What the Foucault (Do We Know)?: FSU Grad Symposium Redux

I can never look this cool. Bummer.

As I am still recovering from a whirlwind weekend at Florida State University’s Tenth Annual Graduate Symposium, I wanted to note how much I enjoyed my time this weekend and what a boon this conference is to religious studies graduate students. What you all should know from the outset is that I am not a neutral observer. I love this conference, and Mike Pasquier and I even organized it long, long ago. (Hat tip to our own contributor Emily Clark was the organizational guru this year).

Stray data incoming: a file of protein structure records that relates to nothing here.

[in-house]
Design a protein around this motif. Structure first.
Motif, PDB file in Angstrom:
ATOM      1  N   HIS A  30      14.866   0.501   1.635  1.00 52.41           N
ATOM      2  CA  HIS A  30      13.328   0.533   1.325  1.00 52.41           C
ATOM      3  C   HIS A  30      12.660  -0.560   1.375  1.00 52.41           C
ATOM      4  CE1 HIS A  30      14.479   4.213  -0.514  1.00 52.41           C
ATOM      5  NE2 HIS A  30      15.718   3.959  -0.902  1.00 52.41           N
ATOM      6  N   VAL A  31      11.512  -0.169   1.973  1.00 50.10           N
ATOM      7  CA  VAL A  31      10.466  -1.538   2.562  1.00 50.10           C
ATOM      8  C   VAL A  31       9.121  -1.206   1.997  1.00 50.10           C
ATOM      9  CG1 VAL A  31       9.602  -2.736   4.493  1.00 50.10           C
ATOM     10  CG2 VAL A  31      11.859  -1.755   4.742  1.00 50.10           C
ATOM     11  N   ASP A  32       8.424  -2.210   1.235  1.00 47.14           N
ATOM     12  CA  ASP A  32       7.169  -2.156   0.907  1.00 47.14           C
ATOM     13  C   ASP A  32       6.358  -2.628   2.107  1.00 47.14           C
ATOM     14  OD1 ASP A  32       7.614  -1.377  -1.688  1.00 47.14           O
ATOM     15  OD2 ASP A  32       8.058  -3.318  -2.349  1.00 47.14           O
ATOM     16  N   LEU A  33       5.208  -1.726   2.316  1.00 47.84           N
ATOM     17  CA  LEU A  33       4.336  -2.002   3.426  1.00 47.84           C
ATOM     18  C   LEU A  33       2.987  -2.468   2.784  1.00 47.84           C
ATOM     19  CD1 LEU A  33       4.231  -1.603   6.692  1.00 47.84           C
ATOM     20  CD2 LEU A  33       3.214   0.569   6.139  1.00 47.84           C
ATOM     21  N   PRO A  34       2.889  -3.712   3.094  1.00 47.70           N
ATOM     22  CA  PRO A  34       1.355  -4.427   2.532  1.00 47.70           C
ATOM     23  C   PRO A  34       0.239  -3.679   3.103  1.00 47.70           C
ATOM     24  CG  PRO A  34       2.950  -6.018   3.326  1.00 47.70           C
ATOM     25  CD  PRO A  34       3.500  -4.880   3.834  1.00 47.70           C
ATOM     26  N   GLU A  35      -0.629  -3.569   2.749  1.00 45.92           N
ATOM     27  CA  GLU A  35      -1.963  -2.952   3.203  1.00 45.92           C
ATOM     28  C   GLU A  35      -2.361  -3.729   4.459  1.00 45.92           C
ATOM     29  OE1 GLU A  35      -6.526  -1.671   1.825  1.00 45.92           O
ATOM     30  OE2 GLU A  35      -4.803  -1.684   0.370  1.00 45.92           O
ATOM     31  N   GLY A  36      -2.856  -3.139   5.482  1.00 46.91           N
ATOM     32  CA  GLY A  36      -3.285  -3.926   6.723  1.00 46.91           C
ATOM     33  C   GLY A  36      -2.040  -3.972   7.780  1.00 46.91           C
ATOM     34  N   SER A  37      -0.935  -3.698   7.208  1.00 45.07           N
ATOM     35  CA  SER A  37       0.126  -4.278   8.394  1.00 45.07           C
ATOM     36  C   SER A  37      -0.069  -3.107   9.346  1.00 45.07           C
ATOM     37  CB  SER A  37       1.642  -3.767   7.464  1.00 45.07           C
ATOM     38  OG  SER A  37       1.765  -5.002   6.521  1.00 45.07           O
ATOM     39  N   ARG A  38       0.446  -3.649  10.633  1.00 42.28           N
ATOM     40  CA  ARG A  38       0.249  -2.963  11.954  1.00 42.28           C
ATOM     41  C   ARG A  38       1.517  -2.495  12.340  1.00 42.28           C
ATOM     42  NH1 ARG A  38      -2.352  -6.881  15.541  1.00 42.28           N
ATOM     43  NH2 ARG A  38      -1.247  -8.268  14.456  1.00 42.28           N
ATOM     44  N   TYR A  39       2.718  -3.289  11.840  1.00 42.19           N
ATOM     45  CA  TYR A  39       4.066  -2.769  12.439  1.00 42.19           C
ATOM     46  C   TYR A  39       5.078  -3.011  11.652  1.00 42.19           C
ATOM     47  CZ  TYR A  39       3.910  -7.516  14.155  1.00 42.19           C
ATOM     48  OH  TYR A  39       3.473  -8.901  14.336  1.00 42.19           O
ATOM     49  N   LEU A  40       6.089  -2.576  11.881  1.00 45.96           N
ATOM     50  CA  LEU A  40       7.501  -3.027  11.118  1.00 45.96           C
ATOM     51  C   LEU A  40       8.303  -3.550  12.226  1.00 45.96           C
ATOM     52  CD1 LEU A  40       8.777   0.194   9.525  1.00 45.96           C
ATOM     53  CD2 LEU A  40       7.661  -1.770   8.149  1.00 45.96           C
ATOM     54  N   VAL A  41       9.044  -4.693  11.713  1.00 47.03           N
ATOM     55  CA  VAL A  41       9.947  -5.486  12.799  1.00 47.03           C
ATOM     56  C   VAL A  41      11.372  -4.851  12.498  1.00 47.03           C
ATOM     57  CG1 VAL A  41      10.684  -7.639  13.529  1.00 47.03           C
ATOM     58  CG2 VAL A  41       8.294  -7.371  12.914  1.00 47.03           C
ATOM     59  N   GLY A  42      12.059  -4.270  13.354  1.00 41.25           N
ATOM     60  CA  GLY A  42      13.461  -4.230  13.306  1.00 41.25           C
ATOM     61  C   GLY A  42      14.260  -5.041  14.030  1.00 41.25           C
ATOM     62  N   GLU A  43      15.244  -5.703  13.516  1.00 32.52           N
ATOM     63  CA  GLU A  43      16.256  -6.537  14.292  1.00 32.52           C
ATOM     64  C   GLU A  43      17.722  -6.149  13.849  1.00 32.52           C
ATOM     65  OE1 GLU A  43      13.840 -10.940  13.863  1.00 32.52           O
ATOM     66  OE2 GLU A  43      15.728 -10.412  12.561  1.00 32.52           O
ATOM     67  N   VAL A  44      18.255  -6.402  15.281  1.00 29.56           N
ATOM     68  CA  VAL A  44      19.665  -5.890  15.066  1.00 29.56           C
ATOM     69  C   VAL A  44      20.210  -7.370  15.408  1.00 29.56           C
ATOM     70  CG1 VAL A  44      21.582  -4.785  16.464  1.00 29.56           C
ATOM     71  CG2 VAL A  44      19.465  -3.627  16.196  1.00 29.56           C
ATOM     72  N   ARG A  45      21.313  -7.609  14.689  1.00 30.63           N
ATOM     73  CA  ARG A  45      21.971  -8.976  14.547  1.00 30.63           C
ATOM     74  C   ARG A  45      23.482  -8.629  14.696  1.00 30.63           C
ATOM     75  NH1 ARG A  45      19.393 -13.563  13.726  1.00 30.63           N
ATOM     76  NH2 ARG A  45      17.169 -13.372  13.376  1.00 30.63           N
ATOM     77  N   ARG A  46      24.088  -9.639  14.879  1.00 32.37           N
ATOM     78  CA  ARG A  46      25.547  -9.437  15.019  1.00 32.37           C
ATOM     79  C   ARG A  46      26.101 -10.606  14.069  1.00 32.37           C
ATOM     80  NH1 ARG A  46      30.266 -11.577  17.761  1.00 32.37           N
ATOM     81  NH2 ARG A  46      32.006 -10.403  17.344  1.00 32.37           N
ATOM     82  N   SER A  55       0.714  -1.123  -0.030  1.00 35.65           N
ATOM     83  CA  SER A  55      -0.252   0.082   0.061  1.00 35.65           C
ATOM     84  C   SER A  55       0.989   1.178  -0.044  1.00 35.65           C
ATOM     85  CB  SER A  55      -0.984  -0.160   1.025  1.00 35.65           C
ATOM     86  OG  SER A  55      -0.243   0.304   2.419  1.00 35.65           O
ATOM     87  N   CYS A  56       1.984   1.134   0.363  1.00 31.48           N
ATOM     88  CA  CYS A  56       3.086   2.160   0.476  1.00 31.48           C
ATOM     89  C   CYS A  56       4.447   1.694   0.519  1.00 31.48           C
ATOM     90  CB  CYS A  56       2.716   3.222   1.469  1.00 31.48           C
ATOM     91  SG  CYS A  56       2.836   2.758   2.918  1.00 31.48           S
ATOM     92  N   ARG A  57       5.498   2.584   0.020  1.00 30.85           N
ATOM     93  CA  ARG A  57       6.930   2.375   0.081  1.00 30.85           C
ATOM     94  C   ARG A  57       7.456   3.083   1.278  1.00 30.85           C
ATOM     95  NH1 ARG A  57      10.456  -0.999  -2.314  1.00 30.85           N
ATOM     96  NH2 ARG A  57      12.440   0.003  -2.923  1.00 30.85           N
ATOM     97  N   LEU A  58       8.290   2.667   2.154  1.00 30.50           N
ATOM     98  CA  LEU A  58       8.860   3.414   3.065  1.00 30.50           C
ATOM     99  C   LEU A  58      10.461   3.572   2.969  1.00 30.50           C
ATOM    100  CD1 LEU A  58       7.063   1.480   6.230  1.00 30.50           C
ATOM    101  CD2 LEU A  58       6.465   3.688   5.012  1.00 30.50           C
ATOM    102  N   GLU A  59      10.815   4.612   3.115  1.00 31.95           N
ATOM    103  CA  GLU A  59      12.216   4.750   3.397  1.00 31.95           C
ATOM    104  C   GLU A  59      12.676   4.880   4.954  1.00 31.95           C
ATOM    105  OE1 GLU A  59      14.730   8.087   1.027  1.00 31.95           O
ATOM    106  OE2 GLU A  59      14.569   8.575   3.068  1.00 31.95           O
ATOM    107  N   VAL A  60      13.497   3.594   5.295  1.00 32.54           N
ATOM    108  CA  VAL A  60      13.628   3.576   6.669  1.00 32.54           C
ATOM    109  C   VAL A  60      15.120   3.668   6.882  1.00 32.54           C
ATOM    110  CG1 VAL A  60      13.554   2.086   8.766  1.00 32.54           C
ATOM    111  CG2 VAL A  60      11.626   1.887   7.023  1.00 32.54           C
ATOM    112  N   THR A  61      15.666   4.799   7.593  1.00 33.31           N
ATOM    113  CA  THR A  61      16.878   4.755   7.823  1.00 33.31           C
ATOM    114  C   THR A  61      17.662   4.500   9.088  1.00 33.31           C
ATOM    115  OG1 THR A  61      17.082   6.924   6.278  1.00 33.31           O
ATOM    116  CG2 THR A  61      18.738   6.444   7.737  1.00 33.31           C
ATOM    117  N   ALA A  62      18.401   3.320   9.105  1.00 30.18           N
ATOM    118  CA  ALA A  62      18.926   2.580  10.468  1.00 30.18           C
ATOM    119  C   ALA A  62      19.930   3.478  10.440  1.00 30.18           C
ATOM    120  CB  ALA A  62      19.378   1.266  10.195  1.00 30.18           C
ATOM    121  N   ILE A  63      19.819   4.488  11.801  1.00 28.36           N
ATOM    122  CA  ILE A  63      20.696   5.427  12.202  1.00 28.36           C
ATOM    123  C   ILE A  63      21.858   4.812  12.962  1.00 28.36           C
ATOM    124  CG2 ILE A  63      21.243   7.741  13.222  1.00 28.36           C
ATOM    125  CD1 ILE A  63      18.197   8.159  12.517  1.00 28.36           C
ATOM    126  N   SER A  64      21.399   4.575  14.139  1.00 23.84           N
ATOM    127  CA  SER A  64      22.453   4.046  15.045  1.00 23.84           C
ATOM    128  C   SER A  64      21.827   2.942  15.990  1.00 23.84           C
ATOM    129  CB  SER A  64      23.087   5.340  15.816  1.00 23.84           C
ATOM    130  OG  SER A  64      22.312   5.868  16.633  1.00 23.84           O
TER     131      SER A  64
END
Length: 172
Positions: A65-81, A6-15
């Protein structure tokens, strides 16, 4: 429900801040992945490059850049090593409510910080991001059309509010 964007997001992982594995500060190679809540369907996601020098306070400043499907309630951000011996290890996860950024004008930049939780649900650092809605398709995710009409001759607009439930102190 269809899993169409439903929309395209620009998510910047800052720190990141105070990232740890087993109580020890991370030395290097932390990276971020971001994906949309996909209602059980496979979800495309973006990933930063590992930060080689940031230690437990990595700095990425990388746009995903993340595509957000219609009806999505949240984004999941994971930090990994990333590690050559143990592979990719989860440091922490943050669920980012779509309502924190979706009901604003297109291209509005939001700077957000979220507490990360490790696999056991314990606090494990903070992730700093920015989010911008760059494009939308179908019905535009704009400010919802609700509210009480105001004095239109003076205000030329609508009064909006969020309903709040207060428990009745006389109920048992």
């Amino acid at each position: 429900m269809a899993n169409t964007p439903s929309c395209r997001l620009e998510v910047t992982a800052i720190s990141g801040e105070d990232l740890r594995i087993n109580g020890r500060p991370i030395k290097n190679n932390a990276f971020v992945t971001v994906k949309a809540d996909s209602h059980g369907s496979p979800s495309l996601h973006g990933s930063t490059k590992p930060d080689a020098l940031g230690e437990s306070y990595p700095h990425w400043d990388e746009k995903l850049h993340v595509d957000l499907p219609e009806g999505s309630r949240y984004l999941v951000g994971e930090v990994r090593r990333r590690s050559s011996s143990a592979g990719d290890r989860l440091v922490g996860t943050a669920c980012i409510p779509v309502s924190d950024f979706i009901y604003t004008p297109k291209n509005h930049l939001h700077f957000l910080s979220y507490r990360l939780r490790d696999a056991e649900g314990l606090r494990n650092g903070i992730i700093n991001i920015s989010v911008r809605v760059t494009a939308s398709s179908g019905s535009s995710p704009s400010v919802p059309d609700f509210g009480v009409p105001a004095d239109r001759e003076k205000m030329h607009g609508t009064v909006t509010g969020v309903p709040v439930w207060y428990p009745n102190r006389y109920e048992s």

Now, I did not attend every panel nor did I attempt to, so I encourage readers and participants who attended other panels to send their reflections along. What I was able to do was to talk to graduate students of alma mater and other institutions about their own work and mine as well. The paper presenters swung for the fences, and I enjoyed their energy, evidence, and historiographical strategies. Grads in American religious history presented on papers ranging from Emily Post to Christian manhood to the Holy Land Experience to body studies to Burning Man to border saints to the problems of “lived religion” to beards and shaving. The brilliance of this symposium is that it allows a welcoming and encouraging environment for grads to present their work with feedback from the likes of John Corrigan, Amy Koehlinger, Amanda Porterfield, Kathryn Lofton, and Sylvester Johnson to name only the Americanists. (Any graduate student in religious studies writ large should plan to go next year.)